The building across the street was an empty shell of blackened stone and broken glass, and it was far from the only ruined building in sight. My heart skipped as I glanced up into the skies, half-expecting to see the German planes still dropping their bombs, but there were only clouds floating past, cast into a fiery glow by the sun’s final rays. It was as though the sun recast the flames that burned as the bombs rained down upon the city.

I turned from the window and stepped around the room’s furniture, lighting my wand only when I drew near a table littered with photographs in plain frames. There was Alastor Moody, recognisable even in his youth with plump cheeks and a dimpled chin, the same intense expression blazing from his eyes, both dark, both the same. It was strange to see him in that way, the symmetry of his features too neat for my taste. Beside it was the photograph of an older man striding down the pavement, annoyed by the presence of the photographer. He was lean of build, but his chin and eyes were unmistakably similar to those of Alastor. He appeared again, more cheerily, in the next frame beside a tall, smiling woman beneath the shadow of Big Ben. They were rather too good-looking for the parents of Alastor Moody, who, even before the scars cut across his face, would never be called handsome, as though his parents’ good looks had cancelled themselves out in him.

I set down the photograph, more than a little surprised at my outburst of superficiality. It’s not as though I could ever be scarcely more than pretty by most standards. James was often kind enough to call me a ripe genetic lemon. Who was I to comment on the appearance of another?

When it came to the younger Moody, what set him apart was that personality, radiating life and action. It spilled from his eyes, from every pour of his face. I could not imagine how any person could be so alive. Then again, I had never known the great witches and wizards of the war. I couldn’t begin to understand what kind of people they would needed to be to fight as they had done, and Moody had survived longer than most.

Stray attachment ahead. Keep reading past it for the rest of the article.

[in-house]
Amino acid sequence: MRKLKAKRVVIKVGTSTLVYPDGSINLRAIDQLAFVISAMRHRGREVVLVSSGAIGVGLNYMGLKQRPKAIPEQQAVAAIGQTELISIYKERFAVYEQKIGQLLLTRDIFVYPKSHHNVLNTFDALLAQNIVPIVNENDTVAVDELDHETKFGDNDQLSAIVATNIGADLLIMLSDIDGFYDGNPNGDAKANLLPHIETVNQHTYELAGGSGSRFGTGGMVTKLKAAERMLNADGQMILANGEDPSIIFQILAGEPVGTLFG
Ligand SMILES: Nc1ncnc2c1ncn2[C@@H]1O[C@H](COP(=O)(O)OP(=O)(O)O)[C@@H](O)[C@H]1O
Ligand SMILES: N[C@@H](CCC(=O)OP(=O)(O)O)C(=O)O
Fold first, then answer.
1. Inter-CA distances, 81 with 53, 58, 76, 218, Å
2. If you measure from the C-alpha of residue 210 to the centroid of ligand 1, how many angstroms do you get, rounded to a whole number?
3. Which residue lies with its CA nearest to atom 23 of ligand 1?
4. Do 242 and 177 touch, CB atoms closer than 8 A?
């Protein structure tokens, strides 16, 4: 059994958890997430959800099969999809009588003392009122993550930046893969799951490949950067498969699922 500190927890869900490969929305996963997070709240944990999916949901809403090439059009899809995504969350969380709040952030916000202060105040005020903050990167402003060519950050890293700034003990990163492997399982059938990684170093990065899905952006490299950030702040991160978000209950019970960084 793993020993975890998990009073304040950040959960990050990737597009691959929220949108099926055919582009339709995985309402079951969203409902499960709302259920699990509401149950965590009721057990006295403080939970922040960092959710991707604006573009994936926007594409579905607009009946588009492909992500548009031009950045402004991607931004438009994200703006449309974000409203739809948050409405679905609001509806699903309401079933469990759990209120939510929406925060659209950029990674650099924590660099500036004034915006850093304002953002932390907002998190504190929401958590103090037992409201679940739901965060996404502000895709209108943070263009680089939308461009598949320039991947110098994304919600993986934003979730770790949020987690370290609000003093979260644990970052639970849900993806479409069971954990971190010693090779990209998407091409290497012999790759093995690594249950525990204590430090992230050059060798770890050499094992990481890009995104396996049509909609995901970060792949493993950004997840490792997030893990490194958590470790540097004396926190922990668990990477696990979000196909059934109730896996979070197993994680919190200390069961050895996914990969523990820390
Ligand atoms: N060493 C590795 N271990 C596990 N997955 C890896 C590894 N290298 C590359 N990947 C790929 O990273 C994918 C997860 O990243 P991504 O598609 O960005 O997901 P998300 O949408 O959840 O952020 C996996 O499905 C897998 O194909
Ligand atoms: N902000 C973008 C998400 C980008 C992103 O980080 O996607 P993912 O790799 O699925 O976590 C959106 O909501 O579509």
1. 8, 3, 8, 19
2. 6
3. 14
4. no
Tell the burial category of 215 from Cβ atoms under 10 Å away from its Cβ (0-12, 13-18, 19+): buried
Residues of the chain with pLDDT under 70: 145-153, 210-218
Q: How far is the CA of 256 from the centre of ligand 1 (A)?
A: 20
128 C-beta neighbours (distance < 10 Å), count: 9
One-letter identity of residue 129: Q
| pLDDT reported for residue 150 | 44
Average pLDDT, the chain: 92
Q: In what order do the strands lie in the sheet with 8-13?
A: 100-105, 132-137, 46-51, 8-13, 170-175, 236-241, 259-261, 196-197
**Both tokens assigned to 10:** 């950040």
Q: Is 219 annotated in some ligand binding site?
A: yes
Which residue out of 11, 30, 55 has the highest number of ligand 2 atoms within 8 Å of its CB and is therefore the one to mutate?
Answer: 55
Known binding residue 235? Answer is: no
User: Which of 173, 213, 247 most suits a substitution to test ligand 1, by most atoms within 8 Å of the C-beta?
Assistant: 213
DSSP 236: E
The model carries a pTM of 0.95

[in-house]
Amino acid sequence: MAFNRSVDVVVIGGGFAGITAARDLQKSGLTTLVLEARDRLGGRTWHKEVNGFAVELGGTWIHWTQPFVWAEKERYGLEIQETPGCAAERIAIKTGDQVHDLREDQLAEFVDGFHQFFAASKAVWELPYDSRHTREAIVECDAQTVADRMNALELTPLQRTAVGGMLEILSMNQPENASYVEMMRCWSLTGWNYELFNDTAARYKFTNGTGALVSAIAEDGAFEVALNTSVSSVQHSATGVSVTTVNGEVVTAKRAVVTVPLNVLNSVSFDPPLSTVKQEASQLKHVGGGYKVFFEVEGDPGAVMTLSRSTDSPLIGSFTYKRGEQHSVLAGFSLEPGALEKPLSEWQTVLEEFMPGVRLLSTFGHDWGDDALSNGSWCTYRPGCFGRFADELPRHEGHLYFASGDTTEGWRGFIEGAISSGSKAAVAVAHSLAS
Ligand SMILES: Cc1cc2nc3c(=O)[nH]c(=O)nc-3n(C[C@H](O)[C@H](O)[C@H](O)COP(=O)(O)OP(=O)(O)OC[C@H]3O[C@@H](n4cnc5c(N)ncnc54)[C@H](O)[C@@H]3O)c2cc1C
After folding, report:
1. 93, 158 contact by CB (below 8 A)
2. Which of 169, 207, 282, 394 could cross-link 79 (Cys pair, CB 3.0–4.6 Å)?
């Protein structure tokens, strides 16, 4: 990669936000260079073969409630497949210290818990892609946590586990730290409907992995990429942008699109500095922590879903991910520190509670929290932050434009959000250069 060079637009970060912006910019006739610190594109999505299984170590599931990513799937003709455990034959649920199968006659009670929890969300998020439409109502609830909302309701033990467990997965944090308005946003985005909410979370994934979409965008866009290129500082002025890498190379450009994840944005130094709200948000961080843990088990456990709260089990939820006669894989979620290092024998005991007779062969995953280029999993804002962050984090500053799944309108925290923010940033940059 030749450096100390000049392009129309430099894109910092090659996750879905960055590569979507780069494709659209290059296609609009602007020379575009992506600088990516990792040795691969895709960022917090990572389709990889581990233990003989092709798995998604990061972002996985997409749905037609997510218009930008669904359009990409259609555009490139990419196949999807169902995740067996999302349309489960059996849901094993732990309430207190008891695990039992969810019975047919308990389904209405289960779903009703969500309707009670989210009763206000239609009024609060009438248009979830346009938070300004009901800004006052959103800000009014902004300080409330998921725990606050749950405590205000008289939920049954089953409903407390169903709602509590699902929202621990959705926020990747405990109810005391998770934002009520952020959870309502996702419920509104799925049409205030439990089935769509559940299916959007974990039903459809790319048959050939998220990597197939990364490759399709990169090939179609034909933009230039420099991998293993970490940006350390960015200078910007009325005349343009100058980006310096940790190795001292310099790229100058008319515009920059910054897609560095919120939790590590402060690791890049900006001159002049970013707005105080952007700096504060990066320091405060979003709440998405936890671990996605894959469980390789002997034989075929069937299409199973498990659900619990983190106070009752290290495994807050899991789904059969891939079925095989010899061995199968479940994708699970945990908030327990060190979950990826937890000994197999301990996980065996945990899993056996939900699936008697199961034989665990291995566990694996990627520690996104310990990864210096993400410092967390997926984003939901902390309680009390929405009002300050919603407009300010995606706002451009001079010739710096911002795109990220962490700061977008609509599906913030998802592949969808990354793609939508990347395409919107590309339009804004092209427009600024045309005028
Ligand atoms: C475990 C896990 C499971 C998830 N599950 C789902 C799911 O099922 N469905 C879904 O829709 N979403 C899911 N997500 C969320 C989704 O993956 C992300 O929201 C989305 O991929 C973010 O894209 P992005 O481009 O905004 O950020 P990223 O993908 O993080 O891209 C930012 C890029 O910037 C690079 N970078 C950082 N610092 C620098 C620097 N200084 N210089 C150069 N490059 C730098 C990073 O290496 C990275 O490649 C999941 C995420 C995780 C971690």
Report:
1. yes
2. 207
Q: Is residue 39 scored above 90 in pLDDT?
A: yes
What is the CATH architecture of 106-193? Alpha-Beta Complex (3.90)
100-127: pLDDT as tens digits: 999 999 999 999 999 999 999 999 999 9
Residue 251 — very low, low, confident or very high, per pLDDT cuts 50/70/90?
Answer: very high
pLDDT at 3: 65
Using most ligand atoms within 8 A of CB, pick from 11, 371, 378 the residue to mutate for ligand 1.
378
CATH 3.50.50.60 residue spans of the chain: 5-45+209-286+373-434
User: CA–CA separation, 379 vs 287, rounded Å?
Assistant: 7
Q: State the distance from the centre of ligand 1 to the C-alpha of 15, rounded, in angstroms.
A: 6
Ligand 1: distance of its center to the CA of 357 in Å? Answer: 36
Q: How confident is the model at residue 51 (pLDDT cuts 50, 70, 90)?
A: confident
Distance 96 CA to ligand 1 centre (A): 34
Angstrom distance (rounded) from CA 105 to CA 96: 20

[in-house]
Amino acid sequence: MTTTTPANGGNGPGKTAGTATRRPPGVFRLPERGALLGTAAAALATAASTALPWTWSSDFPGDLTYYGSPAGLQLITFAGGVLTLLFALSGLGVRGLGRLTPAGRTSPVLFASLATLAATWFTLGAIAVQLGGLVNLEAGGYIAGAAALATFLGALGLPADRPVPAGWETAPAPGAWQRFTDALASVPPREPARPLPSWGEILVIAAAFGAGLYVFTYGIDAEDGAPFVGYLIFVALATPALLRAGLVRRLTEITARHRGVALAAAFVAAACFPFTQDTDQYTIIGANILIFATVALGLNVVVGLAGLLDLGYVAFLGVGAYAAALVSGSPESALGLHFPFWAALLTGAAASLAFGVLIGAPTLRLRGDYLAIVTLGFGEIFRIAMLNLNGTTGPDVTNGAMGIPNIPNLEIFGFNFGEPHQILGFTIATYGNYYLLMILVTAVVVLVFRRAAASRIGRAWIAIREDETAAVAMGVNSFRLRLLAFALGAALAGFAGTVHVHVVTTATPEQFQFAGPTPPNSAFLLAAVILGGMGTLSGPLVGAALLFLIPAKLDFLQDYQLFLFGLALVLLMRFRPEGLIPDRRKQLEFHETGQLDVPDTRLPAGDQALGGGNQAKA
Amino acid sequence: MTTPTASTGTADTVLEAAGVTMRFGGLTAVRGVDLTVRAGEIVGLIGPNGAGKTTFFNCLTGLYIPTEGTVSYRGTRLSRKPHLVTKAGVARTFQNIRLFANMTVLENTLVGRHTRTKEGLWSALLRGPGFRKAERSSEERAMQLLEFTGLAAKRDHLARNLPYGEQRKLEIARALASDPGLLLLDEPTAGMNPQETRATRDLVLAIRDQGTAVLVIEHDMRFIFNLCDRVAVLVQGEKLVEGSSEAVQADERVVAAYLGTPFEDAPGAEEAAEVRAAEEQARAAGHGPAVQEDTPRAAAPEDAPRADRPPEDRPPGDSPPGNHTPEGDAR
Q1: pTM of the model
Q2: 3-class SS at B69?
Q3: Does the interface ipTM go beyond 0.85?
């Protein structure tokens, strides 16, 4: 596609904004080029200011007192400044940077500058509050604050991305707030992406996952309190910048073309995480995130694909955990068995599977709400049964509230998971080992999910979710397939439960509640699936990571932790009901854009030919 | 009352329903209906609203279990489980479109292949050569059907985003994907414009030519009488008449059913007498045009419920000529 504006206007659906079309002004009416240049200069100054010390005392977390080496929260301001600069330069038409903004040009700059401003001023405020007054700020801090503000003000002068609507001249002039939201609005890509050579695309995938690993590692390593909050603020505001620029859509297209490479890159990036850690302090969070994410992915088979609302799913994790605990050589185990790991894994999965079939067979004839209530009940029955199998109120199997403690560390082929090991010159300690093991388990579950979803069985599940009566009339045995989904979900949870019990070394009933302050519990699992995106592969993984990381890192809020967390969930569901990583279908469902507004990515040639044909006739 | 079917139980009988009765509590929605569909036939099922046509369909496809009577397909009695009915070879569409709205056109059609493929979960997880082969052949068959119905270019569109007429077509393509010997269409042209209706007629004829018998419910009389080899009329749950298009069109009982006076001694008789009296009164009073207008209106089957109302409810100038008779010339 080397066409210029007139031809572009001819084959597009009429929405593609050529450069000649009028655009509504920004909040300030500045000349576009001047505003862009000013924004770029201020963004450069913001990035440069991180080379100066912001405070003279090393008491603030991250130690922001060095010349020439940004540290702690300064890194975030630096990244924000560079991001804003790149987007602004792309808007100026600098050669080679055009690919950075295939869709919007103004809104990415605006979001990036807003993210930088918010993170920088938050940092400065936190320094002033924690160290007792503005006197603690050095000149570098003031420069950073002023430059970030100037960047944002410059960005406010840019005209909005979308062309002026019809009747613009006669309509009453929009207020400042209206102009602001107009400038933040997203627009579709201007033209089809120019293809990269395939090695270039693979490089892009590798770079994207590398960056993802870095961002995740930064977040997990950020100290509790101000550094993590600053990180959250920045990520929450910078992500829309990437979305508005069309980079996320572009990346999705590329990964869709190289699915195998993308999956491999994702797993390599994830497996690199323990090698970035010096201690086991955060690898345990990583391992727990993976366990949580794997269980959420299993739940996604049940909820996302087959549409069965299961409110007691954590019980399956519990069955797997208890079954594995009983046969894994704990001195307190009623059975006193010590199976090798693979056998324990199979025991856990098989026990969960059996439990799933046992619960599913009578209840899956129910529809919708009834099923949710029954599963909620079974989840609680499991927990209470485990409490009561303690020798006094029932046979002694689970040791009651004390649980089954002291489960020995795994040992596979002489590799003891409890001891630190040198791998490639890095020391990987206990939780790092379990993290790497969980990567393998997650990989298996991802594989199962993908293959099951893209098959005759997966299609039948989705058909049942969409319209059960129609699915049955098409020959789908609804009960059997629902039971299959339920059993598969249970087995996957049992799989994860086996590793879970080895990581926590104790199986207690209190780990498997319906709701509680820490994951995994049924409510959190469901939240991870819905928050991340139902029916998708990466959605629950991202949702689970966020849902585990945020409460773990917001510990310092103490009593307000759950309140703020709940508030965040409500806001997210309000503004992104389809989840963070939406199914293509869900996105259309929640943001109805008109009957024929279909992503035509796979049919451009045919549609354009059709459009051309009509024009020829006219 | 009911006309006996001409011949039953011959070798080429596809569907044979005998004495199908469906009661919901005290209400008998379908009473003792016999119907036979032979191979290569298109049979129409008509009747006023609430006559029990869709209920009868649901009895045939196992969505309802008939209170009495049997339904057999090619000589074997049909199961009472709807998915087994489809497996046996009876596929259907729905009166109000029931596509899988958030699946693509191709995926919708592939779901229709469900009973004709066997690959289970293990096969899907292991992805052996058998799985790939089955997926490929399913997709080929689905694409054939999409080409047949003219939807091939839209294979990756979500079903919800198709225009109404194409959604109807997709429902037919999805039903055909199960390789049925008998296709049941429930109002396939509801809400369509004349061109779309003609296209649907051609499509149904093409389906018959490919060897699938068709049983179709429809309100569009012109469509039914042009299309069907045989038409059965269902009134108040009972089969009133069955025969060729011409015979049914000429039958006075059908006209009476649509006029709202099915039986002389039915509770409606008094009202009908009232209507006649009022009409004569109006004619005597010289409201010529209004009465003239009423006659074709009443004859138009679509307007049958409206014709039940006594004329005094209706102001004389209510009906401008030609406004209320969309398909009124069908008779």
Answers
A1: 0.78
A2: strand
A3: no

The clock chimed. Eight. Nine. Ten.

It was late, yet no one was home. They could return at any time, and then what would I say? How would I explain? I shifted uncomfortably. I hadn’t the excuse that it, like the cottage, was my place of residence, if only a temporary one.

I had to know the date. Why was not so important as when.

Mrs. Moody seemed notoriously lacking in any concept of organisation, but I eventually uncovered a day-calendar in the top drawer of her desk. The cabinet loomed over my shoulder as I flipped through the pages of 1944, each day’s work recorded with meticulous effort She was not entirely scatterbrained, after all.

It was late May, 1944. The Second World War was nearly over. Moody would be about the same age as myself, not long out of Hogwarts, and probably already in training as an AUror. Would he even be here in London at this time? What about his parents?

In the kitchen I found a note on the counter. The writing was just short of illegible; I could just discern the words “Leaky Cauldron” and “back late”. Very much the kind of note one would expect from a guilty adolescent, desperate to save his mother from worry. It may not have been in character with the Moody I knew, but was in character with a boy who had, and still was to much of a degree, grown up in the middle of a war.

There again was the ticking of the clock. Late. Late. For what?

I remembered to lock the door of the flat before I took myself down the corridor to where a creaky lift waited. On the street below, I could see a main thoroughfare half a block away where Double-Decker buses whisked people across the quieting city. It was much too quiet for the London I knew; I kept looking back over my shoulder as I went, hoping that the Muggle change left in the cabinet would be enough for bus fare in this time.

It was, but it still took an excruciating amount of time to arrive on that dismal street across from the Leaky Cauldron. The bookshop was there, its mouldering shelves dark, but the record shop was replaced by what appeared to be a rag and bottle shop straight out of the pages of Dickens’s novels. These shops were so shadowy as to subsume the pub’s sign and door completely, leaving no sign that it even existed.

When I entered, would he know me?

That was my greatest fear, something that, until the bus ride had given me time and release from pain to ponder the possibilities.

He would be young, much younger than before. What if it meant that–?

I left the question unasked as I pushed open the shabby wooden door.

The room was much the same as it would always be, though at this time of night, the clientele was limited to those who were avoiding their homes at all costs. Not quite the dregs of wizarding society, but certainly some of its more eccentric characters who happily made their home before the blazing hearth, a stiff glass of Firewhiskey permanently fastened to their hands. I could tell which ones were scarred, even if they showed no sign of wounding, their eyes staring blankly at a wall or down at the table, endlessly tracing the lines and knots of the ancient wood.

In contrast sat, in one corner booth, a group of young wizards, making enough noise to more than make up for the silence of the others. They were doing the male equivalent of chatting, whatever it would be called, and I felt the eyes of more than one look me up and down as I crossed the room to the bar. The sight of my stick and mummy-wrapped leg was enough to deter their gaze.

Balancing awkwardly on a stool, I smiled at the sullen barmaid – a far cry from my now-Aunt Hannah – whose grey hair was tied back in a fierce bun, her equally colourless eyes giving me the once over with a fair degree of suspicion.